South African Airways to Enter Into Bankruptcy Protection - BLOOMBERG
Last-ditch measure is aimed at preventing carrier’s closure
SAA last made a profit in 2011, is reliant on state bailouts
South Africa’s government will place the national airline under a local form of bankruptcy protection as a last-ditch measure to try and prevent its total collapse.
State-owned South African Airways is entering a business-rescue process to allow a “radical restructuring” under which the carrier will receive 4 billion rand ($274 million) in funding, Public Enterprises Minister Pravin Gordhan said in a statement Thursday. The process will allow SAA to continue operating.
“This is the optimal mechanism to restore confidence in SAA and to safeguard the good assets of SAA and help to restructure and reposition the entity into one that is stronger, more sustainable and able to grow and attract an equity partner,” Gordhan said.
SAA, which last made a profit in 2011 and has received 57 billion rand in bailouts since 1994, has been struggling to pay its bills after the National Treasury balked at providing it with more funding. Its finances took a further hit when staff staged a pay strike last month, grounding a number of flights and causing bookings to be canceled on a number of others.
South Africa’s Companies Act enables firms in financial distress to file for business rescue. If granted, a business-rescue practitioner is appointed to help the company reorganize and assess whether it can be turned around. Companies in the process of being rehabilitated are protected from liquidation and legal proceedings, enabling them to keep trading.Read more:South African Airways Seeks Funding as State Wavers on Aid Corporate South Africa Loses Faith in National Airline
Gordhan said the business-rescue process at SAA will include:
- Existing lenders to SAA will provide 2 billion rand of “post-commencement finance” guaranteed by the government and repayable out of future budget appropriations to enable SAA to continue to operate
- The Treasury will provide an additional 2 billion rand of funding in a “fiscally neutral manner”
- The full recovery of capital and interest on existing debt provided to SAA by existing lenders that is the subject of existing government guarantees will not be impacted by business rescue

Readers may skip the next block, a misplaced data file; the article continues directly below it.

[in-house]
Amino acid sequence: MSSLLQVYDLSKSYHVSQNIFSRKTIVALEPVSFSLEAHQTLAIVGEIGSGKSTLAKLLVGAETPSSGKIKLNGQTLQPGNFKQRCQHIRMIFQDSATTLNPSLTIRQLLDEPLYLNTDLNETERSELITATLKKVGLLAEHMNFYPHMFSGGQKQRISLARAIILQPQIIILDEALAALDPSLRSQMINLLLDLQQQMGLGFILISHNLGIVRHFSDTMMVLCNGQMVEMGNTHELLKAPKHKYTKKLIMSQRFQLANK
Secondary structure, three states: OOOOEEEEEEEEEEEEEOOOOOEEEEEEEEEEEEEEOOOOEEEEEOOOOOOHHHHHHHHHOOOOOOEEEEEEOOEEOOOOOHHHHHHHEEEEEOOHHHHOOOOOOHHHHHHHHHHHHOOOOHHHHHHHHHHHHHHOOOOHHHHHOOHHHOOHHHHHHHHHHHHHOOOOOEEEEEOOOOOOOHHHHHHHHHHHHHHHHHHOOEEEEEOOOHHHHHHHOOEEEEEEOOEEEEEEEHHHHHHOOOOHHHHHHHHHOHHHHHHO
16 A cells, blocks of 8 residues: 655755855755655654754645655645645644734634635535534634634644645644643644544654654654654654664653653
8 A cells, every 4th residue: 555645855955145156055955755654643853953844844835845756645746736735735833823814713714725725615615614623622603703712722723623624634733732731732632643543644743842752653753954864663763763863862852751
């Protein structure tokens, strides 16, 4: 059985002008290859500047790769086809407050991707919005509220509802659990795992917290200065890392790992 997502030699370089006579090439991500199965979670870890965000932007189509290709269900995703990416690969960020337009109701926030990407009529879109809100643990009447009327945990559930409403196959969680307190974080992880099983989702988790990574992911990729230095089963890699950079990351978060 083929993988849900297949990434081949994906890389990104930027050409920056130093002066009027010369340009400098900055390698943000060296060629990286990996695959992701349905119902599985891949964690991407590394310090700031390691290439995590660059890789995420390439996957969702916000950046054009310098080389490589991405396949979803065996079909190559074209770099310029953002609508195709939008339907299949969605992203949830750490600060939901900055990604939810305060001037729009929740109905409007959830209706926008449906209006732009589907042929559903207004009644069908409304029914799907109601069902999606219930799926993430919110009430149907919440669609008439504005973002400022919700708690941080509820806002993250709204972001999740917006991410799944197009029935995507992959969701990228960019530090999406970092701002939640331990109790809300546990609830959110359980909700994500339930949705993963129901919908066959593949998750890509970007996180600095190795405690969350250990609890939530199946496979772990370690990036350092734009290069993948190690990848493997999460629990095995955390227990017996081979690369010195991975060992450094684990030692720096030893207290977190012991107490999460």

- A review of the airline’s cost structure will be conducted, with a simultaneous effort to retain as many jobs as possible. SAA has more than 5,000 workers, and the SAA Group of companies employs thousands more.
“This set of actions should provide confidence to customers of SAA to continue to use the airline because there will not be any unplanned stoppages of flights or cancellation of flights without proper notice should that be necessary,” Gordhan said.
SAA spokesman Tlali Tlali said the company’s board will announce the appointment of business-rescue practitioners in “the near future.” It also plans publish a new provisional flight timetable “shortly,” he said in an emailed statement.
Labor union Solidarity filed a lawsuit last month aimed at forcing the airline into business rescue, saying the measure was needed to guard the interests of workers and taxpayers whose money was being squandered.
Other labor unions, such as the National Union of Metalworkers of South Africa, have opposed talk of restructuring the airline or selling a stake to private investors. That’s in line with most unions in South Africa, which have threatened strikes if the government attempts to reorganize state companies and cut jobs.
“By placing South African Airways under business rescue, the South African government effectively outsources the hitherto politically unpalatable (but essential) work of restructuring the failing national carrier to non-ANC hands,” said Daniel Silke, the director of Cape Town-based Political Futures Consultancy, in a Twitter posting. The ANC is South Africa’s ruling African National Congress.
The main opposition Democratic Alliance welcomed the government’s decision to voluntarily place the carrier into business rescue, saying this was the only viable option to prevent it from placing any further burden on the economy and taxpayers.
“The business practitioner who is appointed must take robust action to immediately cut costs at SAA,” DA lawmaker Alf Lees said by email. With business rescue will come an obligation for government guarantees to be honored, which will require “an increase in sovereign borrowings that in turn will increase debt-service costs and place a further burden on taxpayers.”
— With assistance by Liezel Hill
(Updates with minister’s comments from second paragraph)